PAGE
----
The Dan River Business Development Center hosted the Danville Development Council for its monthly meeting Tuesday.
The business incubator, which opened in April of 2001 as a joint venture between Pittsylvania County and Danville, was the focus of the day’s meeting. Dan River Business Development Center Director of Operations Ralph Hogg gave an overview of the center and its history.
“Through federal and state funding, the building was constructed,” he stated. “The original design was to try to have industrial and as well as office space. We found out we probably needed more industrial space than office space.”
The incubator has been a temporary home to multiple business and industries. Currently it houses Tyton Bioenergy Systems, Engineered Biopharmaceuticals and IRFlex Corporation.
“This has provided a lot of opportunity for the citizens of our area,” he said. Roughly 2,000 jobs have been created since 2001 by companies aided by the incubator.
This growth is in part due to flexibility, Hogg explained. Having housed everything from a call center to large or advanced scientific companies, the center has evolved its understanding of company needs.
“We have been working with small companies, entrepreneurs that are just opening an office for themselves all the way up to Swedwood, which is now referred to as Ikea, that hires several hundred people. So we’ve had all different ranges,” he said.
Hogg emphasized that the center is one part in a long chain of efforts by the city, economic development and other parties. Realizing it doesn’t need to compete for business leads has helped all represented interests, he said.
The abbreviated tour by Hogg presented the labs of Tyton and IRFlex. EBio has recently begun testing involving blood samples and thus could not accept visitors into the lab.
Tyton’s Southeast region Vice President Conor Hartman explained that Tyton uses tobacco for fuel.
“Tyton has developed a special kind of energy tobacco plant that can be turned into biofuels,” he told the board. “Tobacco, traditional tobacco, has sugar and oil in the plant, but we’ve modified it to amplify sugar and oil production. The sugar turns into ethanol and the sugar gets turned into fuel.”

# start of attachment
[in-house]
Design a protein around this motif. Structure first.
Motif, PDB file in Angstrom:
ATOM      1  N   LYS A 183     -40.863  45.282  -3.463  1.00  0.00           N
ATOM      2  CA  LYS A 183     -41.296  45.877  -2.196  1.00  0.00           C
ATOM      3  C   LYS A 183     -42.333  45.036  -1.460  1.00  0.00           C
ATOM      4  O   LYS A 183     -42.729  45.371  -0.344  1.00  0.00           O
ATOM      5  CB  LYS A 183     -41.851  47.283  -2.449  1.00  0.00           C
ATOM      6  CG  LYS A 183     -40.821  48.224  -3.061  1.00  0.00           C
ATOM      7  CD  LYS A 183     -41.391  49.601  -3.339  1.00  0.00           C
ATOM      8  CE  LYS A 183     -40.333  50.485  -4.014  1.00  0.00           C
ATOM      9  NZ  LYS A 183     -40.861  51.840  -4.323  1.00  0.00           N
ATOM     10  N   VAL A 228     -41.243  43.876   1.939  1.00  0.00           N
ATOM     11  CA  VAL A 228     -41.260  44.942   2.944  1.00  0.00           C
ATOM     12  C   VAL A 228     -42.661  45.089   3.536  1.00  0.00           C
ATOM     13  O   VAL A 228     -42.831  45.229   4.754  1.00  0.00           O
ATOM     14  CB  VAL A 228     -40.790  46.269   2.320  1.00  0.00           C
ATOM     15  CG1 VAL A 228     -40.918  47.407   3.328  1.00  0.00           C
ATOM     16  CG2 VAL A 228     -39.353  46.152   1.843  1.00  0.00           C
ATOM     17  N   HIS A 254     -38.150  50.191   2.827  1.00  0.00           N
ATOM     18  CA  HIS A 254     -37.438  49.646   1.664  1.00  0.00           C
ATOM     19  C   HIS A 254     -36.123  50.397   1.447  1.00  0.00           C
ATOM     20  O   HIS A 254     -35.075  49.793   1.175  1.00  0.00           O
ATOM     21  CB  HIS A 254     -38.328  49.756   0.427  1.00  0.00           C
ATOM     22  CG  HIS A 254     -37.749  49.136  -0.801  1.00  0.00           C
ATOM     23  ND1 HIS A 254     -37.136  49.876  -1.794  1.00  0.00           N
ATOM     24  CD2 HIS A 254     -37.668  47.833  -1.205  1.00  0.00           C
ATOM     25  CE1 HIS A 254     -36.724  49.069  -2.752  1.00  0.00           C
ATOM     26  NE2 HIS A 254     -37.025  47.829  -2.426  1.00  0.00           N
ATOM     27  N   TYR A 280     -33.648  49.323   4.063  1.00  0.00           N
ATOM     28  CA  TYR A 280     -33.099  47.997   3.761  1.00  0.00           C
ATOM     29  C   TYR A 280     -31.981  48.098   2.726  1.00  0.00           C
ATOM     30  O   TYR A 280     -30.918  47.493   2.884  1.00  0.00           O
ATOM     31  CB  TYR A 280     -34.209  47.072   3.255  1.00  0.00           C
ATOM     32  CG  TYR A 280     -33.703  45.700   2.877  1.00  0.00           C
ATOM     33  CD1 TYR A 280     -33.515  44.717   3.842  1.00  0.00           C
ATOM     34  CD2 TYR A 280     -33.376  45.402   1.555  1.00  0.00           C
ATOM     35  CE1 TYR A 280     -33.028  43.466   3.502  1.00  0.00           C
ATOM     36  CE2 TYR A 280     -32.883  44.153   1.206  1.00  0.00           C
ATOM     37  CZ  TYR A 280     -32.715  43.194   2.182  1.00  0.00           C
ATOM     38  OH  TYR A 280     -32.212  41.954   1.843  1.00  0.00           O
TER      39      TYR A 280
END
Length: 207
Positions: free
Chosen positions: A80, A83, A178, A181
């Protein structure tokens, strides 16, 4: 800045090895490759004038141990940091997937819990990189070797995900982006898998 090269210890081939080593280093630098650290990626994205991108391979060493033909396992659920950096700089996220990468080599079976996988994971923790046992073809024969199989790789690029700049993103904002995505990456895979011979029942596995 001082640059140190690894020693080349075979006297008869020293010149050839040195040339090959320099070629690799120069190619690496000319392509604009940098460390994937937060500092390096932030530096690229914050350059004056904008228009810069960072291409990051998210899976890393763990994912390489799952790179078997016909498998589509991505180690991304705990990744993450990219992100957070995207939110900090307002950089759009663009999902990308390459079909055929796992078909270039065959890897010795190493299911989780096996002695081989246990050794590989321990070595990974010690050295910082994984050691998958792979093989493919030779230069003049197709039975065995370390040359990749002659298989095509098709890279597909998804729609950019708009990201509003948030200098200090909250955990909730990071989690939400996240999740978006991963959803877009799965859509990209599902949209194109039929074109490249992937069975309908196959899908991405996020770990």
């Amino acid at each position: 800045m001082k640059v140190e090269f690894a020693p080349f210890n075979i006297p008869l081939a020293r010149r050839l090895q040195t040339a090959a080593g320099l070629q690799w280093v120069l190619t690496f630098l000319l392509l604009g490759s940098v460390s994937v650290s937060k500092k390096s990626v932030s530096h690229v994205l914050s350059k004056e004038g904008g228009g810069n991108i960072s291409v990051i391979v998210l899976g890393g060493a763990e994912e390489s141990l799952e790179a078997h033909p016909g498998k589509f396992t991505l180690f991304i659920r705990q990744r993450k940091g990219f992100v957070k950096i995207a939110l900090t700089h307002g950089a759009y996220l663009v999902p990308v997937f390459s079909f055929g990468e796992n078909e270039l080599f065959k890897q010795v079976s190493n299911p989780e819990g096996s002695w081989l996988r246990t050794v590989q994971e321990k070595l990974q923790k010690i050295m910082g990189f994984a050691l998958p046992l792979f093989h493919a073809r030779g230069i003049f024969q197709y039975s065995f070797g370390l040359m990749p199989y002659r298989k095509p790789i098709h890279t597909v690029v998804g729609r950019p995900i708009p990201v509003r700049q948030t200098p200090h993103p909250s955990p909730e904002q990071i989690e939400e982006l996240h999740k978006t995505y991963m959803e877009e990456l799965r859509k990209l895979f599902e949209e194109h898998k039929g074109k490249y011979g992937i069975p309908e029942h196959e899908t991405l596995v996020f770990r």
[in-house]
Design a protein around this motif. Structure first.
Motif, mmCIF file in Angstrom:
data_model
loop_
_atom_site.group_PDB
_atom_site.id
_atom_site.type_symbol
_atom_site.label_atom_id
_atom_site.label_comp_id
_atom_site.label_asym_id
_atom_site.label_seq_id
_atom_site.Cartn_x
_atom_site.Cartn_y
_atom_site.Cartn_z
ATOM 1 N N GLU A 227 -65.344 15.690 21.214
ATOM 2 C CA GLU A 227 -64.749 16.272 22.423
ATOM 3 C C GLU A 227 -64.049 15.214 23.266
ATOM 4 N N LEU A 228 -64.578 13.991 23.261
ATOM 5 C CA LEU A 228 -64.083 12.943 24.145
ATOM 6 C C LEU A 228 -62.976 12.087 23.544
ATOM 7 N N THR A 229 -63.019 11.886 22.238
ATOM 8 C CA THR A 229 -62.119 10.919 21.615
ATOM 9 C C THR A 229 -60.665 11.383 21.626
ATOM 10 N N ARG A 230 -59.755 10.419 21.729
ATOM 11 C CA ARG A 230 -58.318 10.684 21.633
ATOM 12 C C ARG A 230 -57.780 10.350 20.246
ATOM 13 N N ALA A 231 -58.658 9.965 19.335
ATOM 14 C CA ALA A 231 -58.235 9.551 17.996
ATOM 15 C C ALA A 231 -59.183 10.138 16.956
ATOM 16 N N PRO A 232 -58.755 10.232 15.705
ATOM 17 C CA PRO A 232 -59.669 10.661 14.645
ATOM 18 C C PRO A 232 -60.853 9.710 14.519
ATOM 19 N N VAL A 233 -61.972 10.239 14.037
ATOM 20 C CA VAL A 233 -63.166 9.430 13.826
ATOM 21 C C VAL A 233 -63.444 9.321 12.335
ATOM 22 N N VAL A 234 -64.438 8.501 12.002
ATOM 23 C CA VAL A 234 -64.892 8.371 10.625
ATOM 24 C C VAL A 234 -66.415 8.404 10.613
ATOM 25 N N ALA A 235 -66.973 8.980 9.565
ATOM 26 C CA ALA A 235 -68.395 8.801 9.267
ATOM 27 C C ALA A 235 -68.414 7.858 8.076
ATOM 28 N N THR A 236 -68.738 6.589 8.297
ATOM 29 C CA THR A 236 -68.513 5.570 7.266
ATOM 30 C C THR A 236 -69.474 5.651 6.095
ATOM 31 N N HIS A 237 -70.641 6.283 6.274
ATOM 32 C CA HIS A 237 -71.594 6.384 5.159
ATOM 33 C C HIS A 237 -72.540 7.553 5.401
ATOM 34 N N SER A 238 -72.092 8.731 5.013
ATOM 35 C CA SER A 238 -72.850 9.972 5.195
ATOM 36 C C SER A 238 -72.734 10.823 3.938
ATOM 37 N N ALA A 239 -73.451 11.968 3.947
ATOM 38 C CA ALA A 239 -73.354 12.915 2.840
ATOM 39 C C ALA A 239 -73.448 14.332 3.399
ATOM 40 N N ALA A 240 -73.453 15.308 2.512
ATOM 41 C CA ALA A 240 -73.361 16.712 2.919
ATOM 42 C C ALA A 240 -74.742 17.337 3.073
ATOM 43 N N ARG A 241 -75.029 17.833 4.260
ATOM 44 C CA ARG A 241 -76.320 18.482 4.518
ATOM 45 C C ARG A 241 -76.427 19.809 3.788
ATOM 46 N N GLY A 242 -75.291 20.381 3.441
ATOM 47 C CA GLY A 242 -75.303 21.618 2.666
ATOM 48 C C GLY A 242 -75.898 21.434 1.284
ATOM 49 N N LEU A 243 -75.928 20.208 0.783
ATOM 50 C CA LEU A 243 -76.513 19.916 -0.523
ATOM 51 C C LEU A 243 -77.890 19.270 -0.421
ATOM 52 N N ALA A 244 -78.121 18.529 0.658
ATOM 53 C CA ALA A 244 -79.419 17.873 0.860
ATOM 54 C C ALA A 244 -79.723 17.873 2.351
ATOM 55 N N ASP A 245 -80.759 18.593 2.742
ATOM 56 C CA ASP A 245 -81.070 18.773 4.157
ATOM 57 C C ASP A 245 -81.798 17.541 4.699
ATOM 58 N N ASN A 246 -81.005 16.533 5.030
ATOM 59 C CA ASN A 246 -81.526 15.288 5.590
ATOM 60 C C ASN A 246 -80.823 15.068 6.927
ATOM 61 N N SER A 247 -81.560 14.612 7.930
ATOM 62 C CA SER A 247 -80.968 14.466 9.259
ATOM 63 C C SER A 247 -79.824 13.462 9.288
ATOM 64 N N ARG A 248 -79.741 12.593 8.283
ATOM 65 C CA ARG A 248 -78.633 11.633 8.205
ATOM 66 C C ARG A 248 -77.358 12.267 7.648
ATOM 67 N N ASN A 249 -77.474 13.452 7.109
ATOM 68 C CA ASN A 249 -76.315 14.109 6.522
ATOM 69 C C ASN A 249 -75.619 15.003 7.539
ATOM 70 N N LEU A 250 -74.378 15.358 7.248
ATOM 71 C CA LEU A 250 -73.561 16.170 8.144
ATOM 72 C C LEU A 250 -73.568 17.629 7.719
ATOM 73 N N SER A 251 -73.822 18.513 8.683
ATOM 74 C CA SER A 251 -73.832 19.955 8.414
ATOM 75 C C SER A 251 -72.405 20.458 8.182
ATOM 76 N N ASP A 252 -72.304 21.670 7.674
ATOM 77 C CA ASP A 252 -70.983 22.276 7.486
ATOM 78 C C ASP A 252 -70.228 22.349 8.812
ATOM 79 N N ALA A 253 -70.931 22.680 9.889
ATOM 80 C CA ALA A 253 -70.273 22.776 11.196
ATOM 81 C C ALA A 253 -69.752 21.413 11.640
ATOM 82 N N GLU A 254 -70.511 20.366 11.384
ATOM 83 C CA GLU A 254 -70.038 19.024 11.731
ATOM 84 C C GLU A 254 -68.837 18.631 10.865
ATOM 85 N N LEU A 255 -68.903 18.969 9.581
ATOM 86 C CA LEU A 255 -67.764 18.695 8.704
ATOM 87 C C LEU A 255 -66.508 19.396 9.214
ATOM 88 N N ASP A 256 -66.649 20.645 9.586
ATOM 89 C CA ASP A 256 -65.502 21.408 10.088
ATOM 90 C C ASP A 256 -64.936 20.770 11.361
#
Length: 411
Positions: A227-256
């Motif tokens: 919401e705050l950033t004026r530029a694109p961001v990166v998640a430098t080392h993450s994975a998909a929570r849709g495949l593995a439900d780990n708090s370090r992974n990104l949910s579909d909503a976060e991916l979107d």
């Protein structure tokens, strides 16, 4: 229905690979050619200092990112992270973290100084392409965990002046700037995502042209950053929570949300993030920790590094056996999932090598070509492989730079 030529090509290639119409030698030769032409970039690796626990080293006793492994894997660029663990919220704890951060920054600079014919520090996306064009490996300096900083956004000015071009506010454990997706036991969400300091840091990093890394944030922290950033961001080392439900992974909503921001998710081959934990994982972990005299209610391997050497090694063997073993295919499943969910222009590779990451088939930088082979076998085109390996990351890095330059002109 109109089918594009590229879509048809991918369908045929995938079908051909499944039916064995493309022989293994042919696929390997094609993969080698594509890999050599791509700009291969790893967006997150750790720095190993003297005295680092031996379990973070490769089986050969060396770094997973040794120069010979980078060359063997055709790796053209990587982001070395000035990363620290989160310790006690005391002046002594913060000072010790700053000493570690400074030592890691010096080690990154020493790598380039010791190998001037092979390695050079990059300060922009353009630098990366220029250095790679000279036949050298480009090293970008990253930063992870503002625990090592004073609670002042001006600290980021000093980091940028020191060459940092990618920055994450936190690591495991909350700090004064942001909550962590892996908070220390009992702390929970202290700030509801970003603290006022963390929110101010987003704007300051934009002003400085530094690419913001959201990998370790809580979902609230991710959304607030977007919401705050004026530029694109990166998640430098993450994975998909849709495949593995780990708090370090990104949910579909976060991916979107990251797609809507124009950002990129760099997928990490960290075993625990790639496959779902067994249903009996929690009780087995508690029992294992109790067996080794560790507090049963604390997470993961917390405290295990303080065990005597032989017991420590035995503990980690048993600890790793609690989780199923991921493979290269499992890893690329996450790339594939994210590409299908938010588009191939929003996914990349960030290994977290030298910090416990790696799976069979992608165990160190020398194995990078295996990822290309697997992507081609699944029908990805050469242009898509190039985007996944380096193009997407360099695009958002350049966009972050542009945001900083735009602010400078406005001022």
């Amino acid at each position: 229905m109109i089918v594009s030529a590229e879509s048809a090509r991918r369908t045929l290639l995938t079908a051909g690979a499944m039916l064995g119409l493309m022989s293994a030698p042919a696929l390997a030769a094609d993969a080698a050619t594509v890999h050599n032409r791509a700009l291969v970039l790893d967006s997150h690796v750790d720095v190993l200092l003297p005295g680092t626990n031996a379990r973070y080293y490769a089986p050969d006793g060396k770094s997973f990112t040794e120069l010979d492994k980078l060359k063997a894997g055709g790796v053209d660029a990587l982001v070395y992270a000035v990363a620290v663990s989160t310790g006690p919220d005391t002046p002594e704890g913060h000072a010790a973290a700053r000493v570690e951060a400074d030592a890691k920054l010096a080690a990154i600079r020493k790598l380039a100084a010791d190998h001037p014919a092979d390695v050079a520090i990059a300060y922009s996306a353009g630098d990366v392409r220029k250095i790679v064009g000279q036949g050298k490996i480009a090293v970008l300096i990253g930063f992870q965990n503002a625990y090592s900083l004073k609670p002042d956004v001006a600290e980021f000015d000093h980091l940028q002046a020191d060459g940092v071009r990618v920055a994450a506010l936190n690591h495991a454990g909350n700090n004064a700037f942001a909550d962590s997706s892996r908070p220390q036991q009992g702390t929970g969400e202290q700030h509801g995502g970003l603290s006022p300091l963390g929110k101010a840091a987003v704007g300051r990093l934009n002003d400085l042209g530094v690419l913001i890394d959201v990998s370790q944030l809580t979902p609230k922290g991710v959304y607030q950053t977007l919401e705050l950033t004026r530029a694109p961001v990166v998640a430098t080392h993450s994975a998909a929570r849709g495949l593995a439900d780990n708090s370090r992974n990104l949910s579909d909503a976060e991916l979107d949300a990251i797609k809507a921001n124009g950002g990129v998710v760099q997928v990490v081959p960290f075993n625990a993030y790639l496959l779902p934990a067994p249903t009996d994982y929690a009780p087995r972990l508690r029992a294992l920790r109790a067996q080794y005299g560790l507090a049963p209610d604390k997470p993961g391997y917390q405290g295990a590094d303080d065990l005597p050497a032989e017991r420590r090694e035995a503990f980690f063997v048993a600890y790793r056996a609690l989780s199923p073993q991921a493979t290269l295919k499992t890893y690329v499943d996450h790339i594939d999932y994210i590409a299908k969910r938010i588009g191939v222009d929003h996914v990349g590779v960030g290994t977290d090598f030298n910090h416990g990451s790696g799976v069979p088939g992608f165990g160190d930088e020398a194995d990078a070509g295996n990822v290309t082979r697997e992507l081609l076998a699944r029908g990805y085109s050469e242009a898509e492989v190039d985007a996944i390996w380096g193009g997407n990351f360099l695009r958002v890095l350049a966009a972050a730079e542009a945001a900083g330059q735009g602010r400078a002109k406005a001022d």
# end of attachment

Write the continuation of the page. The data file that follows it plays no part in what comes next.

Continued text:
Being a historically tobacco farming region, members asked if Danville’s tobacco was used in the studies. Hartman replied that “tobacco is the most widely grown commercial, non-food crop in the world. It grows in 125 countries commercially. We grew it in South Dakota. It grows fantastic in South Dakota. We don’t know what it tastes like. I’m sure it’s nothing like the great flavor that comes out of the Danville region. But we’re growing it for biomass and sugar and oil content. It gives us incredible flexibility.”
The company utilizes the entire plant, utilizing the sugar- and oil-rich leaves and stalk with two cuttings off each plant every year. The entire plant is processed without curing and in a mechanized fashion, lowering prices incurred during smoking tobacco preparation.
IRFlex’s Dr. Francois Chenard presented the high-tech lab facilities used by his staff.
“We make fiber-optics. We have all the equipment to make specialty fibers for special applications,” Chenard said.
Chenard instructed the board to peak into the climate controlled facilities that are kept extremely clean with little to no dust or dirt.
The highly maintained facilities are necessary to handle such unique and technologically advanced materials. “It’s the only fiber that transmits mid-infrared lasers,” Chenard said.
The board also heard from Economic Development Director Telly Tucker. He shared multiple recent events, including:
» Opening of Hot Asana Yoga Studio;
» Ribbon cuttings for Solex Architecture firm and Sky Valley Foods; and
» The closing of Attic Hound.
Construction is underway at 554 Craghead St., for Rick Barker’s Supply Resources company, he said.
Tucker also mentioned that Noblis is conducting aggressive recruitment to find 12 new employees. The Northern Virginia executive team has visited and met with the economic development department to strategize on the most efficient means to accomplish the company’s goals under the Tobacco Commission agreement.
The Research Building of Dan River was reviewed by Tucker, too. He mentioned that the delayed New Market Tax Credits have finally been granted. Pemberton Lofts has begun its phase two construction, which already stands at 50 percent occupied under pre-lease agreements. He commented that this demonstrated a demand for housing in the River District. Pemberton Lofts officials plan to proceed with the 610 Craghead St. Continental Building by May or June 2015.
Morrison reports for the Danville Register & Bee.